$$x = \frac{\pm{\zeta_8}}{2\cdot 5^{3/4}}\frac{(k^2)^{1/8}}{\sqrt{k(1-k^2)}}(T_0+T_5)(T_1-i\,T_4)(T_2+T_3) \tag{5}$$

and the sign of $\zeta_8$ chosen appropriately. Note that $(S_j)^8 = (T_j)^8$.

$\color{blue}{\text{Remark}}$: One can also find the other roots $x_i$, but is not as simple as in Method 1. (As one can see, you need much more than radicals to solve the general quintic.)

Example. Let,

$$x^5-x+1 = 0\tag6$$

so $d = \pm1$. Plugging it into $(2)$ gives $k \approx 0.072696$, and $m=k^2$, so $p \approx 2.550572\,i$. Since both methods use a square root, using the formulas one eventually finds,

$$x = \mp\,1.1673039\dots$$

$\color{blue}{\text{Afterword}}$ (Added June 2015): Given the nome $q = \exp(i \pi \tau)$, the two methods involve the function known either as the modular lambda function or elliptic lambda function, $\lambda(\tau)$ which has a beautiful q-continued fraction,

$$\big(\lambda(\tau)\big)^{1/8} = \frac{\sqrt{2}\,\eta(\tfrac{\tau}{2})\,\eta^2(2\tau)}{\eta^3(\tau)} = \left(\frac{\vartheta_2(0,q)}{\vartheta_3(0,q)}\right)^{1/2} = \cfrac{\sqrt{2}\,q^{1/8}}{1+\cfrac{q}{1+q+\cfrac{q^2}{1+q^2+\cfrac{q^3}{1+q^3+\ddots}}}}$$

studied by Ramanujan (who also had his own method to solve solvable quintics).

Tito Piezas III
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  • This gives just one of the five complex roots, right? It's clear that at most three are real, in which case, is this the largest, smallest, or middle one? – Ryan Reich Dec 23 '13 at 07:16
  • @Ryan: As you implied, the Bring-Jerrard quintic has $x_1^2+x_2^2+\dots+x_5^2=0$, hence not all its roots are real. I do not know if Hermite's method always gives the largest root (in absolute value), but you can tweak it to produce ALL five. I revised my answer to include an alternative method using the _Dedekind eta function_ which easily yields all the roots. – Tito Piezas III Dec 23 '13 at 22:51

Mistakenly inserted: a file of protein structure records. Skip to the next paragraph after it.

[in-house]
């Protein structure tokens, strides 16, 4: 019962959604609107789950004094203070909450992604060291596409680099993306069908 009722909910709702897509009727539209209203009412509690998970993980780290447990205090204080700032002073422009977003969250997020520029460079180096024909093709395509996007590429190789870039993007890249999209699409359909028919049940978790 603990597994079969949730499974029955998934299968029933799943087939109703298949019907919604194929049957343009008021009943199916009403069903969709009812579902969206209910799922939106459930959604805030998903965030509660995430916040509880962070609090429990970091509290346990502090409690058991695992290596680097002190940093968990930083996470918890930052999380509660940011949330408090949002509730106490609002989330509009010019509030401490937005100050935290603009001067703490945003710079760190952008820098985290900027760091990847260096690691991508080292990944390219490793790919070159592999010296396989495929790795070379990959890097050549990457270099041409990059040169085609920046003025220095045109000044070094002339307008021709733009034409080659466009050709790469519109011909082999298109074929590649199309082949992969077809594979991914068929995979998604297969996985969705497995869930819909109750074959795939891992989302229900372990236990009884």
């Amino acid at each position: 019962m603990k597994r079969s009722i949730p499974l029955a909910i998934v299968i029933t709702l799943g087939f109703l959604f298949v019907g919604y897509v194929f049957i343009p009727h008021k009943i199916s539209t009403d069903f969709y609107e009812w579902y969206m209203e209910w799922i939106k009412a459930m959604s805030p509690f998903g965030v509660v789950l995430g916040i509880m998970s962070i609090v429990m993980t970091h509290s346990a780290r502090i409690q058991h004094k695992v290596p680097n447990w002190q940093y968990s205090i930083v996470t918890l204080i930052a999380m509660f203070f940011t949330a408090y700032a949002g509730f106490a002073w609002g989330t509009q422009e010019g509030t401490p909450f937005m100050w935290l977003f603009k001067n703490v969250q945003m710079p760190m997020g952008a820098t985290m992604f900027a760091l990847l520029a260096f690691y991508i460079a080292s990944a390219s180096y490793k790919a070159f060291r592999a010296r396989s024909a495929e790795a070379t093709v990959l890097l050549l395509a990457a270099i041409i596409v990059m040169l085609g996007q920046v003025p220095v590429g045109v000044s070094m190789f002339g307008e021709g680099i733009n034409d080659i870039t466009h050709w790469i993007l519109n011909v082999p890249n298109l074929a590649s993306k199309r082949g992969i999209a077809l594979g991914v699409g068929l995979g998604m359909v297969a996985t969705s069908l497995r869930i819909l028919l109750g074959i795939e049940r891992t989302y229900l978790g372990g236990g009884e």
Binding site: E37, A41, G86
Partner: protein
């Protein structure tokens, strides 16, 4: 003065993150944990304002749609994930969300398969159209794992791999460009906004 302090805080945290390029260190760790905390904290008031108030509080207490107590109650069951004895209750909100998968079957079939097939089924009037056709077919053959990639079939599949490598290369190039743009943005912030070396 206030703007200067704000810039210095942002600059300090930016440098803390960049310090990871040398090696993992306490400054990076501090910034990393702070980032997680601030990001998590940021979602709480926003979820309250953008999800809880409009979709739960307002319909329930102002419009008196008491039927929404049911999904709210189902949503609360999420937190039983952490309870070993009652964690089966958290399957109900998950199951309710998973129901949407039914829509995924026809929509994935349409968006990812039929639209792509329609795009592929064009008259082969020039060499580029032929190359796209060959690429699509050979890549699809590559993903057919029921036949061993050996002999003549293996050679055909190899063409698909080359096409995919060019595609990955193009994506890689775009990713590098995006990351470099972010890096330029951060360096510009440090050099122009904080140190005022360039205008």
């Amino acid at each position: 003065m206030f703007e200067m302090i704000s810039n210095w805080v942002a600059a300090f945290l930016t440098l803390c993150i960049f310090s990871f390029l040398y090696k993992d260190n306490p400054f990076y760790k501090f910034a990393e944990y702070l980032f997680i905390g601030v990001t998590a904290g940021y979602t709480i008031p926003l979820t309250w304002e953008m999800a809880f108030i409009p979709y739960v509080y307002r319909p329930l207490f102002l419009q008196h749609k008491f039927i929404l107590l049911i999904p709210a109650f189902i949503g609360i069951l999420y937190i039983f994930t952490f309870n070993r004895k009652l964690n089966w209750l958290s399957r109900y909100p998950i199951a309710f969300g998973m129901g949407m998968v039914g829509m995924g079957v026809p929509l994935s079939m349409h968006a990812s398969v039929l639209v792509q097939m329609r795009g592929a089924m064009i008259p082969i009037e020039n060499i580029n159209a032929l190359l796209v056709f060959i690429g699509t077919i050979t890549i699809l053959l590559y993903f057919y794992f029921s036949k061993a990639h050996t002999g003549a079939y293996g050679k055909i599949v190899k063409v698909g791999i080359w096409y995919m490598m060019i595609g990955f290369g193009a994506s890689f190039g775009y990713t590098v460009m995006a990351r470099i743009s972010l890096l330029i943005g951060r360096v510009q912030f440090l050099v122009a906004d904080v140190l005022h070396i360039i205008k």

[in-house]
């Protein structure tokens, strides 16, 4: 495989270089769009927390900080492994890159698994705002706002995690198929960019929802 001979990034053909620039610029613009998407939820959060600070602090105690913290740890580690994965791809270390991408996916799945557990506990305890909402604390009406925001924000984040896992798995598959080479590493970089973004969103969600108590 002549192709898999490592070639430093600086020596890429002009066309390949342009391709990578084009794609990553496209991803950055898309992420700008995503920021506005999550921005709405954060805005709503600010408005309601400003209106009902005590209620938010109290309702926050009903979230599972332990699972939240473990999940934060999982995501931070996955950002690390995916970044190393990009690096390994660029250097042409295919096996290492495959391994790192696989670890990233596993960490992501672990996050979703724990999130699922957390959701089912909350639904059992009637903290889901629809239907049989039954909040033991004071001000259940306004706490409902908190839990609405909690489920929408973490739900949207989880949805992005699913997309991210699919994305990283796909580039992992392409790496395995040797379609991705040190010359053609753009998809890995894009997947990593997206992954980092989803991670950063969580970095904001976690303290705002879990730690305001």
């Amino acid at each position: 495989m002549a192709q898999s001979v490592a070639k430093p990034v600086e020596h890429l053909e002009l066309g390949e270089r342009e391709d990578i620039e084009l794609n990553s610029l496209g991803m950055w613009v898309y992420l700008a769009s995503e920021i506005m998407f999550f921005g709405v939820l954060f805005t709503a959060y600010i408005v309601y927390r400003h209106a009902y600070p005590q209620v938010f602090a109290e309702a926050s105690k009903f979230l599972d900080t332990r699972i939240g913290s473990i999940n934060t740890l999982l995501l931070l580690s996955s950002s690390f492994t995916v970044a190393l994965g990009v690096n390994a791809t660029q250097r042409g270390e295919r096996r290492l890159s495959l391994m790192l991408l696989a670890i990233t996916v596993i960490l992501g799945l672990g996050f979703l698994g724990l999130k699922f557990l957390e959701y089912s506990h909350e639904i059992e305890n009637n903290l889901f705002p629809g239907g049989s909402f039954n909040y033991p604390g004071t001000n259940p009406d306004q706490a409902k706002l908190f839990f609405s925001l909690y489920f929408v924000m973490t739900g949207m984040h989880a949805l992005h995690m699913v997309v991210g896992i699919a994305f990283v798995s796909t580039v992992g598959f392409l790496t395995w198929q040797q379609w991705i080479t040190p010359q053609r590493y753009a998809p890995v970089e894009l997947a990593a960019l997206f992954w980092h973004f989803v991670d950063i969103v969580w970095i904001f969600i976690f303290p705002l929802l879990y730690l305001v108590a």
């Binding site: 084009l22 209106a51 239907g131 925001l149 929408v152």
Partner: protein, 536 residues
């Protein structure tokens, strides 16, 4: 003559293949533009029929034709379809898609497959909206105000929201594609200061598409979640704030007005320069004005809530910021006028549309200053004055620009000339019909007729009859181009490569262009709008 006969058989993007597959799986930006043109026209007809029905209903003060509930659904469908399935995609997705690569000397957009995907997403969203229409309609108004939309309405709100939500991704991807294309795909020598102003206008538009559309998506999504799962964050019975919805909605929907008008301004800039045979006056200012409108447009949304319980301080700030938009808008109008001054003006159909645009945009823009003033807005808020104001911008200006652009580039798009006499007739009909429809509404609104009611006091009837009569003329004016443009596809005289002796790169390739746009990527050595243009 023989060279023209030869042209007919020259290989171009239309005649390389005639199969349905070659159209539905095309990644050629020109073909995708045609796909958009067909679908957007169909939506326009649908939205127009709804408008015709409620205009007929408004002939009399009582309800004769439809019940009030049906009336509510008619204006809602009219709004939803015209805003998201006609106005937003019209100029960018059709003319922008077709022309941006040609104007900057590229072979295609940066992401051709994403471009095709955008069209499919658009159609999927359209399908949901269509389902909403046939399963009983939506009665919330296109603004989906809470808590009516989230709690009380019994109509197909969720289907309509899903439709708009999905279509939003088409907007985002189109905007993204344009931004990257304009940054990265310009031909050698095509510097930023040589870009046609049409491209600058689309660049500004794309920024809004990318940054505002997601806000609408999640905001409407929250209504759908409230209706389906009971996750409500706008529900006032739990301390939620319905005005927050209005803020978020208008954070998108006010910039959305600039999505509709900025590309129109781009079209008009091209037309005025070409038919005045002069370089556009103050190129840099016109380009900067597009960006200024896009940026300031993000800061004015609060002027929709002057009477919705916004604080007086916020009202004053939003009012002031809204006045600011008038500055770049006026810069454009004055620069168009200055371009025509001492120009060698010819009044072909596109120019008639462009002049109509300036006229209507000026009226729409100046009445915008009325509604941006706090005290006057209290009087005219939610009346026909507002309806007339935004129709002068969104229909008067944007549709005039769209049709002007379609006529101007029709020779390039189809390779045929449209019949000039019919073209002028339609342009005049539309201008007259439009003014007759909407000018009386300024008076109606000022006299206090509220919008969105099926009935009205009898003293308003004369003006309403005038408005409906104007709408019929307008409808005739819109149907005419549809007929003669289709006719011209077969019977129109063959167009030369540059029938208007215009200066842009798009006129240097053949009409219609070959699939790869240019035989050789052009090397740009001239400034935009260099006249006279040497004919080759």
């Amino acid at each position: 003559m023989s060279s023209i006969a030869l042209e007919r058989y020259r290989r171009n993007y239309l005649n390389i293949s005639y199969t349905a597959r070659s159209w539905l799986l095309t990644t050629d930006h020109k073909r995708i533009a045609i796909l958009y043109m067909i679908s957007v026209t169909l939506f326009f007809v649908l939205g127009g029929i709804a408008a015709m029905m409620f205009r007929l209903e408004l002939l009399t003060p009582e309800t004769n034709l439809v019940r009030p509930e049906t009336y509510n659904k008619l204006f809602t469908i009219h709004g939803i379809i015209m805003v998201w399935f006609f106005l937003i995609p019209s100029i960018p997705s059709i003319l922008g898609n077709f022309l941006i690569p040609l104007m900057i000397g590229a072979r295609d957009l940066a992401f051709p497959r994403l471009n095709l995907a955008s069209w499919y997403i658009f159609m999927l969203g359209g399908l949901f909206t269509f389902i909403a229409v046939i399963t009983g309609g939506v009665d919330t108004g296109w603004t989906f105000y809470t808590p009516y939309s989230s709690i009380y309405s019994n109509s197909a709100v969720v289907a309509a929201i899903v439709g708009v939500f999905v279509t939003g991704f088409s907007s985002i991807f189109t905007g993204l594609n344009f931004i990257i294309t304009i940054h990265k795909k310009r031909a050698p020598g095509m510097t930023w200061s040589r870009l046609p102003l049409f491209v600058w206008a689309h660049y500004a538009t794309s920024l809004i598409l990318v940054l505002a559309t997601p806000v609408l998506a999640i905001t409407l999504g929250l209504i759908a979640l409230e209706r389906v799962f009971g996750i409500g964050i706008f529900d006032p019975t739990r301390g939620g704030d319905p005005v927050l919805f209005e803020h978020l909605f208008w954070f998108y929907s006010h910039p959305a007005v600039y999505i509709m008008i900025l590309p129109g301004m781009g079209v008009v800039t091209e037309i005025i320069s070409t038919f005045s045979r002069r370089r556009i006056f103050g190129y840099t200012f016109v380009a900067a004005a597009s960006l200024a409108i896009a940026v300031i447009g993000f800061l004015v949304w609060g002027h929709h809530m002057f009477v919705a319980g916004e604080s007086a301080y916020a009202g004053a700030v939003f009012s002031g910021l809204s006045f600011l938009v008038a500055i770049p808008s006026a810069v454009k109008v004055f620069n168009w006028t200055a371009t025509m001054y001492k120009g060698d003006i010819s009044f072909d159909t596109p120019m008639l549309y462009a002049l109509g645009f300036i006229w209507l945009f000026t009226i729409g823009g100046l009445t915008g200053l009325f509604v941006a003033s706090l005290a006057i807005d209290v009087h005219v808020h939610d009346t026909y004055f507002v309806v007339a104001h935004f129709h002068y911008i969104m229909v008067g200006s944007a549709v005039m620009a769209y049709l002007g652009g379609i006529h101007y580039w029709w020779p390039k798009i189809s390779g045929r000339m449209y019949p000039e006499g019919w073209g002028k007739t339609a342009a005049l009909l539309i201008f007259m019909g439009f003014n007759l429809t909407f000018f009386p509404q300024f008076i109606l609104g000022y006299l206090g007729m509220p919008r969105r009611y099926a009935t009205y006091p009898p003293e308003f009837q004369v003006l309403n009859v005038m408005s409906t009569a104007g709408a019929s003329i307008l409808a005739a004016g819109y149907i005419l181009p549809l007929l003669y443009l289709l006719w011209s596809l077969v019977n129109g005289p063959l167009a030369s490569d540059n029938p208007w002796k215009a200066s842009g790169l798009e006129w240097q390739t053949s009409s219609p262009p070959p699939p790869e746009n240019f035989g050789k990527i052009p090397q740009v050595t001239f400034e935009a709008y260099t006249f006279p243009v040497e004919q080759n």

• @Tito Wow this is beautiful. Besides the fact that this brings together (apparently) distant fields of math, is there a reason why such solution is interesting besides what one can obtain with, I don't know, Newton's method? – lcv Nov 26 '15 at 21:42
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    @lcv: Thanks. I believe the primary utility of such results is to show connections (and in my opinion, _beautiful_ connections) between different mathematical objects. They are certainly not useful for numerical evaluations better than Newton's method. :) – Tito Piezas III Nov 27 '15 at 07:42
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    @TitoPiezasIII thanks for confirming my impression :) PS I agree: *beautiful* connections – lcv Nov 27 '15 at 08:13
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    Some notes for anyone trying this method, based on my own mistakes. (1) Mathematica and Wolfram Alpha expect the argument of the elliptic integral function to be $k^2$, not $k$. (2) In the formula for $S_j$, the power of $u$ is *not* doubled but the term in $\tau$ *is*. (3) Not accounting for their signs, the set of real and imaginary parts of $S_j$, for a given $n$, are simply permuted when $n$ is changed so it is only necessary to calculate them accurately once. – Jam Dec 19 '19 at 18:10
  • Can you link ramanujans own methods? – Alexander Conrad Apr 29 '21 at 14:51
  • @TitoPiezasIII do you have any references or explanations as to how to derive the methods 1 and 2 for solving the fifth degree polynomial? I've been trying to read Felix Klein's Lectures on the ikosahedron (which I'm guessing these methods may come from), but I still don't have a clear picture of how the icosahedron shows up in these methods. – fsuna064 Oct 20 '21 at 02:15